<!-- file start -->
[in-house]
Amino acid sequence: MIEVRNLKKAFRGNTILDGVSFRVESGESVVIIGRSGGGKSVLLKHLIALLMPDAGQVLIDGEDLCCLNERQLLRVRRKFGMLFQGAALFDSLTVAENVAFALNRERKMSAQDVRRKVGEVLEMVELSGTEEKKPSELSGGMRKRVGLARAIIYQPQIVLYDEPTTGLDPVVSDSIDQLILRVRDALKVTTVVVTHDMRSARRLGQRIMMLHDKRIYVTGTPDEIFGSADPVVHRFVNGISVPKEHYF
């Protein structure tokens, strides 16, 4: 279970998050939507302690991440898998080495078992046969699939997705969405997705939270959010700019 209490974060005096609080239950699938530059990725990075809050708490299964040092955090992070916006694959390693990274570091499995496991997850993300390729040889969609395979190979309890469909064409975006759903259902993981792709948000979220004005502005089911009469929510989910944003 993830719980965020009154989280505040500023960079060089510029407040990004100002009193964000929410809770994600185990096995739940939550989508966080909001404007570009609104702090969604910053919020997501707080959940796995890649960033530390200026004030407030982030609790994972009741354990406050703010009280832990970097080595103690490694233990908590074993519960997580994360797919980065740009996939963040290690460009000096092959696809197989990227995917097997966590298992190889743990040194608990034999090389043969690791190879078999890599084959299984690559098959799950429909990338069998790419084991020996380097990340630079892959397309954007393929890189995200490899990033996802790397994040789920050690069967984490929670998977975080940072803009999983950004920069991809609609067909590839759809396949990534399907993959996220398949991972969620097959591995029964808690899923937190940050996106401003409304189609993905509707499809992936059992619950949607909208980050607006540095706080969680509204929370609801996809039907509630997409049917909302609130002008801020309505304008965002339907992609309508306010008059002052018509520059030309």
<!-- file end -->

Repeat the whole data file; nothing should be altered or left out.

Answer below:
[in-house]
Amino acid sequence: MIEVRNLKKAFRGNTILDGVSFRVESGESVVIIGRSGGGKSVLLKHLIALLMPDAGQVLIDGEDLCCLNERQLLRVRRKFGMLFQGAALFDSLTVAENVAFALNRERKMSAQDVRRKVGEVLEMVELSGTEEKKPSELSGGMRKRVGLARAIIYQPQIVLYDEPTTGLDPVVSDSIDQLILRVRDALKVTTVVVTHDMRSARRLGQRIMMLHDKRIYVTGTPDEIFGSADPVVHRFVNGISVPKEHYF
């Protein structure tokens, strides 16, 4: 279970998050939507302690991440898998080495078992046969699939997705969405997705939270959010700019 209490974060005096609080239950699938530059990725990075809050708490299964040092955090992070916006694959390693990274570091499995496991997850993300390729040889969609395979190979309890469909064409975006759903259902993981792709948000979220004005502005089911009469929510989910944003 993830719980965020009154989280505040500023960079060089510029407040990004100002009193964000929410809770994600185990096995739940939550989508966080909001404007570009609104702090969604910053919020997501707080959940796995890649960033530390200026004030407030982030609790994972009741354990406050703010009280832990970097080595103690490694233990908590074993519960997580994360797919980065740009996939963040290690460009000096092959696809197989990227995917097997966590298992190889743990040194608990034999090389043969690791190879078999890599084959299984690559098959799950429909990338069998790419084991020996380097990340630079892959397309954007393929890189995200490899990033996802790397994040789920050690069967984490929670998977975080940072803009999983950004920069991809609609067909590839759809396949990534399907993959996220398949991972969620097959591995029964808690899923937190940050996106401003409304189609993905509707499809992936059992619950949607909208980050607006540095706080969680509204929370609801996809039907509630997409049917909302609130002008801020309505304008965002339907992609309508306010008059002052018509520059030309």